"This delightful, dense and illuminating book by Ellard, an experimental psychologist, explores how we navigate space and hone our sense of direction, despite being paradoxically spatially primitive and overly evolved. All animals, monocellular and multicellular alike, find their way to their basic needs–heat, light and nourishment–but while ants, for example, don't get lost and amoebas are guided by an “internal toolkit,” most human beings face unique difficulties. Unlike the Inuit, who have a superb sense of direction, most people find that the more sophisticated their environments, the weaker their grasp of space and direction. Ellard offers insights into how humans navigate their own homes and why they select certain spots for refuge–preferences influenced by gender, culture and history. He emphasizes the importance of orienting children to natural space as well as “virtual spaces,” and his chapter on cities serves as an excellent primer on urban planning and psychogeography, the study of the precise laws and specific effects of the geographic environment on the emotions." (July)-- Publishers Weekly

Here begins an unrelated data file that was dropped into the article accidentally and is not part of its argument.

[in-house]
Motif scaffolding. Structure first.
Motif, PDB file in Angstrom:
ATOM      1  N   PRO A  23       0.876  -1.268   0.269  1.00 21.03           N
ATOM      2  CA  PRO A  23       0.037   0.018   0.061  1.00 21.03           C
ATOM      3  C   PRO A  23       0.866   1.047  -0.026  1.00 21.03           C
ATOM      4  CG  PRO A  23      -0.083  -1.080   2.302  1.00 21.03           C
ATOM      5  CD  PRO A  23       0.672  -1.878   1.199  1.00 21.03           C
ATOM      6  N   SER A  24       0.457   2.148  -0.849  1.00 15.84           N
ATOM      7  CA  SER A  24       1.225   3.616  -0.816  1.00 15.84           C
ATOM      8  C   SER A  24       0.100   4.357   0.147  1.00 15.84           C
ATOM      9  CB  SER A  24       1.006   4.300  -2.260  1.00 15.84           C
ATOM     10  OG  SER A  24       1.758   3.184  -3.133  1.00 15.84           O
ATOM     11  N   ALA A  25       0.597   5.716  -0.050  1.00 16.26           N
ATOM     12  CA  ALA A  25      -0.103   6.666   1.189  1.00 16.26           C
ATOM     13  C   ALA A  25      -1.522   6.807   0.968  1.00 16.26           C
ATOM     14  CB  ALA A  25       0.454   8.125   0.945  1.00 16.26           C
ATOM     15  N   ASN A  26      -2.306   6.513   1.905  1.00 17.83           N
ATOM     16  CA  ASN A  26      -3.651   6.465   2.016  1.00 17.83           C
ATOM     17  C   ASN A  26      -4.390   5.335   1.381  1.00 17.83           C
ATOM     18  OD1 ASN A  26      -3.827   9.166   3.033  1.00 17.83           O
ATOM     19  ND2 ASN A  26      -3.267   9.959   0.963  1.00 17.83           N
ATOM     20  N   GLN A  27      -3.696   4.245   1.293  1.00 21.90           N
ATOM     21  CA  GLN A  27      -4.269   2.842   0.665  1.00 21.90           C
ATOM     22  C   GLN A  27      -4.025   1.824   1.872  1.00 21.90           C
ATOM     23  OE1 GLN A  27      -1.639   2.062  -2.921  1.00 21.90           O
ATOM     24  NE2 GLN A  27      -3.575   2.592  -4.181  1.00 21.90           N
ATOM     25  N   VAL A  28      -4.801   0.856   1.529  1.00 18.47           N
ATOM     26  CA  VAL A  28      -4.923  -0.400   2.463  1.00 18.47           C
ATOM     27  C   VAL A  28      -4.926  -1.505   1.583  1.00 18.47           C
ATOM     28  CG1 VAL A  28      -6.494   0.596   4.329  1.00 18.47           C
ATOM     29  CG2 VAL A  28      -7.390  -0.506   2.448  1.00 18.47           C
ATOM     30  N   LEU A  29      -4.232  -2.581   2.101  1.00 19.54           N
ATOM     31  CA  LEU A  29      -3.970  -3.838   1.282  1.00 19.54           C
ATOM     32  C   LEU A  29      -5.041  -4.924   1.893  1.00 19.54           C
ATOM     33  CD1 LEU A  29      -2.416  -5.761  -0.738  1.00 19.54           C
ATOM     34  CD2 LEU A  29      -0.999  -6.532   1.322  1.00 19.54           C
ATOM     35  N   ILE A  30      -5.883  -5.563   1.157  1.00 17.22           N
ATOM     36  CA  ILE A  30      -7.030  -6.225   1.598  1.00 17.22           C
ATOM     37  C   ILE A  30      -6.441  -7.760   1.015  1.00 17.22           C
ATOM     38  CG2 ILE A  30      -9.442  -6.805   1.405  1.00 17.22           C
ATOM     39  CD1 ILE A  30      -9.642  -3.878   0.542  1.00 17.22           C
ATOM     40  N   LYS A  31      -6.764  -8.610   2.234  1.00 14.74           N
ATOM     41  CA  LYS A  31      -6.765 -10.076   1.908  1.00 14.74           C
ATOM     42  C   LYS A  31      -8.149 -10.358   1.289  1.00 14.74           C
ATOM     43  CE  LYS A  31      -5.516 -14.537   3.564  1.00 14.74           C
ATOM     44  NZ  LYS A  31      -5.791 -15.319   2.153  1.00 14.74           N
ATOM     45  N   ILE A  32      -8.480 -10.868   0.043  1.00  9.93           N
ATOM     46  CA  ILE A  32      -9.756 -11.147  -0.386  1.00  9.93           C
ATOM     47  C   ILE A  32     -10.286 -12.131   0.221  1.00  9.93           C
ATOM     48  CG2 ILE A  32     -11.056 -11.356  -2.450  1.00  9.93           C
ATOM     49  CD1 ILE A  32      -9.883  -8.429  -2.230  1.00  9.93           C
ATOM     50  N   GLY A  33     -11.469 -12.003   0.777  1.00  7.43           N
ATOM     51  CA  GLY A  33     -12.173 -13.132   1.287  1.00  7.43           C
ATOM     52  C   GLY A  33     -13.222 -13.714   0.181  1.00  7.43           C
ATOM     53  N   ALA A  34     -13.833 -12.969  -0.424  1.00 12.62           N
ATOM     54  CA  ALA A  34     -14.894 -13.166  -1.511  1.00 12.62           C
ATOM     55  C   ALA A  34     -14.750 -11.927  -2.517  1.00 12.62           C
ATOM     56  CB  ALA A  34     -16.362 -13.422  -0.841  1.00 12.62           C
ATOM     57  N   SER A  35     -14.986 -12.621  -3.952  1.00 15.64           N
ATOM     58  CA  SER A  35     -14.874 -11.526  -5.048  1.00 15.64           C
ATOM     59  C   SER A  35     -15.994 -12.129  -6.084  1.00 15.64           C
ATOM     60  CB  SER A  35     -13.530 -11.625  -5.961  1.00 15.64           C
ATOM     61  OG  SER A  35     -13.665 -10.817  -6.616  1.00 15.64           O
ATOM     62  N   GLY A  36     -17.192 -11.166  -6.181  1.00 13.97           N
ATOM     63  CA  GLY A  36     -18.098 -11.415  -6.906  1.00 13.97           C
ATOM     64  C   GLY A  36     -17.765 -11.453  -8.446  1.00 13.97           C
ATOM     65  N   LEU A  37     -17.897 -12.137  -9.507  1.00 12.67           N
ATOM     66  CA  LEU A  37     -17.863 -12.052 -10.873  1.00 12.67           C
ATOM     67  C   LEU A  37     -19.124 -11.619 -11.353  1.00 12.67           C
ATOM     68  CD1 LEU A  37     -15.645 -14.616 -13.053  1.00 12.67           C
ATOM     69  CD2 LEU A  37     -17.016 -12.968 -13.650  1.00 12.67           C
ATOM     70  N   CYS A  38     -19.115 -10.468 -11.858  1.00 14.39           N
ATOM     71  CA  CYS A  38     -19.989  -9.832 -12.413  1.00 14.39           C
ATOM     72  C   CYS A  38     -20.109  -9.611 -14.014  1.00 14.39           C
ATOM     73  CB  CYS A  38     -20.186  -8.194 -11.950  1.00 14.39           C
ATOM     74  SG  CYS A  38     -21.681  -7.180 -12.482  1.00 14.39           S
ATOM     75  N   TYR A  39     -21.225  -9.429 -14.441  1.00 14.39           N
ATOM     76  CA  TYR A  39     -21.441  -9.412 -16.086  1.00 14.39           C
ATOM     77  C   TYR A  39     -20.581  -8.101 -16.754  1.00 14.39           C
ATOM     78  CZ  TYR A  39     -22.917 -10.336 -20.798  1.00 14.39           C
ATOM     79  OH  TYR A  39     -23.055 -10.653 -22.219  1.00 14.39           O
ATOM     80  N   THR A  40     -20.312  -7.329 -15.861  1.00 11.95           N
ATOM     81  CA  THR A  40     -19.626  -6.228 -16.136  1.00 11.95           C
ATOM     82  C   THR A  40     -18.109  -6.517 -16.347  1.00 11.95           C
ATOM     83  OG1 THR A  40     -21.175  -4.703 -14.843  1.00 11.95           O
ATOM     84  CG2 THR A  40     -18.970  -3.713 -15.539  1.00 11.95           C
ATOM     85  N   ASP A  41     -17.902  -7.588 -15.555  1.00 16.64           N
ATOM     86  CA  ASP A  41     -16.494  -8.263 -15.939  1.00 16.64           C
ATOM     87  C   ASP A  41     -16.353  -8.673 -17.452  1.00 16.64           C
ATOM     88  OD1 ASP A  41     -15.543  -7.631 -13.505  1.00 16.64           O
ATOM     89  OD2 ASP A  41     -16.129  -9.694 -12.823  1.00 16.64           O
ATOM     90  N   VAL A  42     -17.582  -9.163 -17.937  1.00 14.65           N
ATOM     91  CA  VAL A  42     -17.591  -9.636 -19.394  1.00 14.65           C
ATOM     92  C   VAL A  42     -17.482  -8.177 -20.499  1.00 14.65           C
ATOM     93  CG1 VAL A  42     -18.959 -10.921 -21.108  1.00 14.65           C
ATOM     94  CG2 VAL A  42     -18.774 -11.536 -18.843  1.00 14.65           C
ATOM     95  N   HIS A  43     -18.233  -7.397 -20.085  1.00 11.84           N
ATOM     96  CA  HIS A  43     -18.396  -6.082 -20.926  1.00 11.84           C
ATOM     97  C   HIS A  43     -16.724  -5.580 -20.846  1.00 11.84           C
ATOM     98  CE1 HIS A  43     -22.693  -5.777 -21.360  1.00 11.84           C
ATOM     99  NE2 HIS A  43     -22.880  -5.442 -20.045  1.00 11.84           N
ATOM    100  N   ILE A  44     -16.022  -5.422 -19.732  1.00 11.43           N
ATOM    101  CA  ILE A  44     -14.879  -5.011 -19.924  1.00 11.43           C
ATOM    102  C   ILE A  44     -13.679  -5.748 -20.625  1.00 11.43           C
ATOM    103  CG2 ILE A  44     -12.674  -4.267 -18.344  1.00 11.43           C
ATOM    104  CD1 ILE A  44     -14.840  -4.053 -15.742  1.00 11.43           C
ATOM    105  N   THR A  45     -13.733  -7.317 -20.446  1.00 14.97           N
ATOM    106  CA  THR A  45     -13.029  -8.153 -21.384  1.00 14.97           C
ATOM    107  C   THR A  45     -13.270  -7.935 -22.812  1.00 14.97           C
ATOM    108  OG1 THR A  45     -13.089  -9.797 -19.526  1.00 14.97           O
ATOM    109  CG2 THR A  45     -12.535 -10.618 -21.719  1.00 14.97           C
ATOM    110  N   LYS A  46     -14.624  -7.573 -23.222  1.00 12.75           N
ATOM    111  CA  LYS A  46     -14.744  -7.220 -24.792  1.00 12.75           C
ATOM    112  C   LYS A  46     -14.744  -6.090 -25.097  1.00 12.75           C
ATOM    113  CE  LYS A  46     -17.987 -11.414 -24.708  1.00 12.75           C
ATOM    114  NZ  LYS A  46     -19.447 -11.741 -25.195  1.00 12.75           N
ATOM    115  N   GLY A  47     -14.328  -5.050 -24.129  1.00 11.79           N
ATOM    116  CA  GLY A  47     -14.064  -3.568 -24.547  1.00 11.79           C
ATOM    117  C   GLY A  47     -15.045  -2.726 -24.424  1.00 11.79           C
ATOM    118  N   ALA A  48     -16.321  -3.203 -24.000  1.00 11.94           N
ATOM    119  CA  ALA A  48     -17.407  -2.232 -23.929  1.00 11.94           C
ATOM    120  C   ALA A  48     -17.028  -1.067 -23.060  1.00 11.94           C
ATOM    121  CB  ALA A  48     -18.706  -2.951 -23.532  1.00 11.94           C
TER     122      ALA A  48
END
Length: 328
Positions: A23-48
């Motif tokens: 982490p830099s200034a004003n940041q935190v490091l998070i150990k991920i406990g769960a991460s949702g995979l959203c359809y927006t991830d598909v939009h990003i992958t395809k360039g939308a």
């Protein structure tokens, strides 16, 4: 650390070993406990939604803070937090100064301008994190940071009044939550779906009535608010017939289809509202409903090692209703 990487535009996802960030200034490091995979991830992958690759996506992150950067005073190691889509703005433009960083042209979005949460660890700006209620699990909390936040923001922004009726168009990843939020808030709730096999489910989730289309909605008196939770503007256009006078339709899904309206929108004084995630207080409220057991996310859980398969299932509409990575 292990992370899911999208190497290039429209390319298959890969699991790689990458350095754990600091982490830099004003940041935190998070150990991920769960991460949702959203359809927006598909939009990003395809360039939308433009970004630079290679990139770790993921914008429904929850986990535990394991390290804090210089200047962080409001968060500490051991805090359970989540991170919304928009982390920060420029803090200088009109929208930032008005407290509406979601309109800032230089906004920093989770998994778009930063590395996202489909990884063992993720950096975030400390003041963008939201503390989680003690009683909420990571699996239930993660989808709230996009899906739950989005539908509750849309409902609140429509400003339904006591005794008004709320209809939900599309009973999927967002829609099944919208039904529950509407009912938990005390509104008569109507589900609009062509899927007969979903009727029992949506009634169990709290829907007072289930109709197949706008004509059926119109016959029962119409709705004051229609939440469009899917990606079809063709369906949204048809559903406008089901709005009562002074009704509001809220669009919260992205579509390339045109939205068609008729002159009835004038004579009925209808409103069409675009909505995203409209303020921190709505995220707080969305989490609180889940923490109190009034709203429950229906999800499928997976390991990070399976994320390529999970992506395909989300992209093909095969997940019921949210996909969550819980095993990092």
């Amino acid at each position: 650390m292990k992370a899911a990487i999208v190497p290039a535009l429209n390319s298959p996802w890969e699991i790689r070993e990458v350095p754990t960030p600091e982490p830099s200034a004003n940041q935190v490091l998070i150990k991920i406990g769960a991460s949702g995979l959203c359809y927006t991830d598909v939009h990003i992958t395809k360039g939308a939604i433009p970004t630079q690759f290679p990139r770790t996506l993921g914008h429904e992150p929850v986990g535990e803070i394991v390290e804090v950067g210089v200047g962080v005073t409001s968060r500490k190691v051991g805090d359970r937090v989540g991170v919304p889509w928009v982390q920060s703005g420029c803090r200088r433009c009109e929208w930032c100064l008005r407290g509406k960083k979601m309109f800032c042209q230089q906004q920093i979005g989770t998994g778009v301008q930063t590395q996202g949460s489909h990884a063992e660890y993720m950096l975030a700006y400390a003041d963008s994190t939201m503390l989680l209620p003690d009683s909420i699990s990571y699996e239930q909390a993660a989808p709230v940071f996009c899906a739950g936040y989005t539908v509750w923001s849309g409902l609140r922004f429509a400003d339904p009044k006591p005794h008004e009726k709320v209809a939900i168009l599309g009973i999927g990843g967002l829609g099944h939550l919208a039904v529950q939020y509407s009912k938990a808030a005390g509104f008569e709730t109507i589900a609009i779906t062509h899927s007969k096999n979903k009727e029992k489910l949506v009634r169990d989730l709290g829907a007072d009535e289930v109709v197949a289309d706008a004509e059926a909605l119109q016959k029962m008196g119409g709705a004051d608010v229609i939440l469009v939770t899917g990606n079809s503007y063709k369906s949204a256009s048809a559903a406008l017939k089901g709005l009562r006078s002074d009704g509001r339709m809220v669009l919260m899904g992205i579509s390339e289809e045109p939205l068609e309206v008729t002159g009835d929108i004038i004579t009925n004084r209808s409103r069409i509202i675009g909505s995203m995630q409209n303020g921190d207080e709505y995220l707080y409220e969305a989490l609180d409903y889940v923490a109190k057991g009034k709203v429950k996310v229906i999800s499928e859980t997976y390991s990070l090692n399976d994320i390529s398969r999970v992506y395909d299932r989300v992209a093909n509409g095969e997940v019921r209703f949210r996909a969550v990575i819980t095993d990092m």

“Colin Ellard’s new book, You Are Here, is a powerful inquiry into how we humans orient ourselves in space and identify places both familiar and new. As an architect, and someone who loves the experiential qualities of three dimensional space, this book took me on a journey to places I’d never even considered before–such as how other creatures on this planet orient themselves, and why it is that our prodigious brain can invent worlds that far outstrip the abilities of our more primitive orienting sensory apparatus. It’s a stimulating and provocative read for anyone who’s looking for a better understanding of how we process the world around us and orient ourselves within our habitations and living environments.”